BikeSocial Publisher. Has been riding since before Frankie said ‘Relax’, owned more than 100 bikes and has written for, edited or published most of the UK’s best known bike magazines. Strangely attracted to riding high miles in all weathers, finds track days ‘confusing’ and describes the secret to better riding as ‘being invincible’.
Going for a ride after watching MotoGP is a dangerous idea. Forty-five minutes watching Marquez and chums defying gravity does funny things to a middle-aged man’s sense of reality. So I usually pick somewhere slow and tricky to ride to keep things calm. Halfway down one of those bumpy, blind-cornered Fenland back roads after Aragon qualifying, at 58mph on a Honda CBR500R, three things struck me.
Firstly, how exciting 58mph feels with twice as much horsepower as the road requires. Secondly, that no one does budget suspension quite like Honda. And finally, as the road narrows to less than single track, that getting lost within 15 miles of your house is surprisingly easy when thinking about points one and two.
I pull-up and give internal organs a few minutes to reset their static sag. And then get distracted by a pigeon. It’s a thought I’ve had before, but not for a while. ‘How come birds are so flipping clever?’ Watching this one land on a telephone wire, I’m starting to wonder whether Mr Marquez is that talented after all. Slowing from a full flight to a standstill and gripping a thin piece of, flapping cable, despite not being able to see forwards, focus on any kind of target (because your eyes point sideways) and having the natural poise of a chocolate pudding. How do they learn that? How come you never see teenage pigeons falling off or spinning round and round like a Catherine wheel as they (literally) get to grips with it? I’ve got a degree in biochemistry and couldn’t do anything that clever.
The human brain (and presumably the pigeon one too) learns by making biochemical connections. As a baby we can’t walk, run, dance or ride a motorcycle. We try, we wobble, we fall, but inside our brain, connections are made that co-ordinate muscle movement, balance and motion. The more we try, the more connections are made and the better it gets until the action is performed unconsciously. It’s how fighter pilots and motorcycle racers work at high speed without breaking sweat. The science backs it up and reminded me of conversations I’ve had with racers who describe how they focus on the most teeny-tiny details like modulating brake lever pressure and footrest weighting while sitting on top of a bucking, howling piece of violent engineering without even thinking about it.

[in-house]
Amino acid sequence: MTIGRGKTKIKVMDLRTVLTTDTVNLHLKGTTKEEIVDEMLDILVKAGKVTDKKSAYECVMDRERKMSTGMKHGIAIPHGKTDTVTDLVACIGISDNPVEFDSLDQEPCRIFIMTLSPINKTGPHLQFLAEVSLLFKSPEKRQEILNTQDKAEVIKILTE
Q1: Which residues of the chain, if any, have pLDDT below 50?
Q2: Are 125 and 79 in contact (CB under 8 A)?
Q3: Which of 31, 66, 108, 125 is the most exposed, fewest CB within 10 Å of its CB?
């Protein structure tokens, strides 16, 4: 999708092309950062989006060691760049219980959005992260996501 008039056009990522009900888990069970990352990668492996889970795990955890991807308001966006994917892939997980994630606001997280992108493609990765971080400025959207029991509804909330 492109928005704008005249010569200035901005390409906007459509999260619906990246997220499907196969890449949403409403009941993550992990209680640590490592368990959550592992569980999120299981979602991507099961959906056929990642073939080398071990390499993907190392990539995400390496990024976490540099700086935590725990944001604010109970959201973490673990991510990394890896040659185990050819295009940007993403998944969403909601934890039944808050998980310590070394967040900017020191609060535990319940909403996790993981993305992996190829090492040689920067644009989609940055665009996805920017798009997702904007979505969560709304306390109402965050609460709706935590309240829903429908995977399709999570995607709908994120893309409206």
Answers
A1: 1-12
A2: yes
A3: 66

I was thinking about it on the way back down the twisty back road and realised that, in some tiny way I was experiencing the same thing. With a bit of practice, some refinements to my own muscle memory and a demonstration of how old dogs can learn new tricks, me and the CBR were going a few MPH faster and barely thinking as I slackened my grip on the bars, weighted the footpegs and looked further into the distance.
The following day I was sat on the sofa watching the Moto GP preview show with interviews from the riders about set-up, tyre choices and excuses for being halfway down the grid on a works machine. It made me wonder whether those pigeons on the wire have the same subtle variations in performance and similar conversations. ‘Just three more pecks of compression damping on my claws’ or whether some bike riders are just more tuned-in with their riding than others. Back to the fighter pilots, I don’t remember Tom Cruise in Top Gun asking for the softer compound tail-fin or Biggles getting grumpy because Algy’s plane had sprouted wings in the off-season.
In any given period there are a handful of racers who can seemingly jump on any bike and make it work. Schwantz, Marquez, Doohan and Stoner all spring to mind. These riders use their unconscious talents to ride around a machine’s problems. The second tier guys have almost as much ability but need the bike to be just-so. Lorenzo is in the latter camp – Rossi too (these days, arguably he was the former ten years ago). Maybe we should replace MotoGP qualifying (and perhaps module one of the bike test too) with a trampoline and a telephone wire. Marquez wouldn’t land upright on the first attempt, but he’d grab the wire, spin round and round and somehow stay aboard. After 30 minutes he’d be landing on his feet every time while Jorge was still complaining about the colour of the trampoline.
‘Excuse me Rosie, is there a point to all this?’ Yes, of course. The reason our racing heroes do this stuff so well is because they’ve been attempting the impossible since before they could say ‘For me, ees good, I find the rhythm.’ Most of them have spent more time on a motorcycle than they have on their feet and all those muscle memory adjustments are as natural to them as picking our nose discreetly in a marketing meeting is to us.
If we took every opportunity to do more of it (the riding, not nasal fracking) we’d all be much better at it. And the dark months are the perfect time to start. Many riders put their bikes away, spend winter getting S.A.D. in the car and emerge in March slower, less safe and a more sluggish version of the brilliant rider they’d become last summer. So why not buy some proper winter kit, maybe a second bike that’s more suitable for slower riding in all weathers and rediscover how getting home early is even better in winter than it is in summer.
Eighteen months ago I moved house and swapped a 104 mile daily commute by motorcycle for an eight mile bicycle ride. My cycling has got much sharper, but my motorcycling is sloppier. So I’ve bought a house 150 miles away to sharpen my reflexes and test the capacity of my middle-aged early-morning bladder.
Next time you see me I’ll be the one on the wire, perfectly balanced, focussed and ready for my next trick. Or I’ll have been eaten by next door’s cat.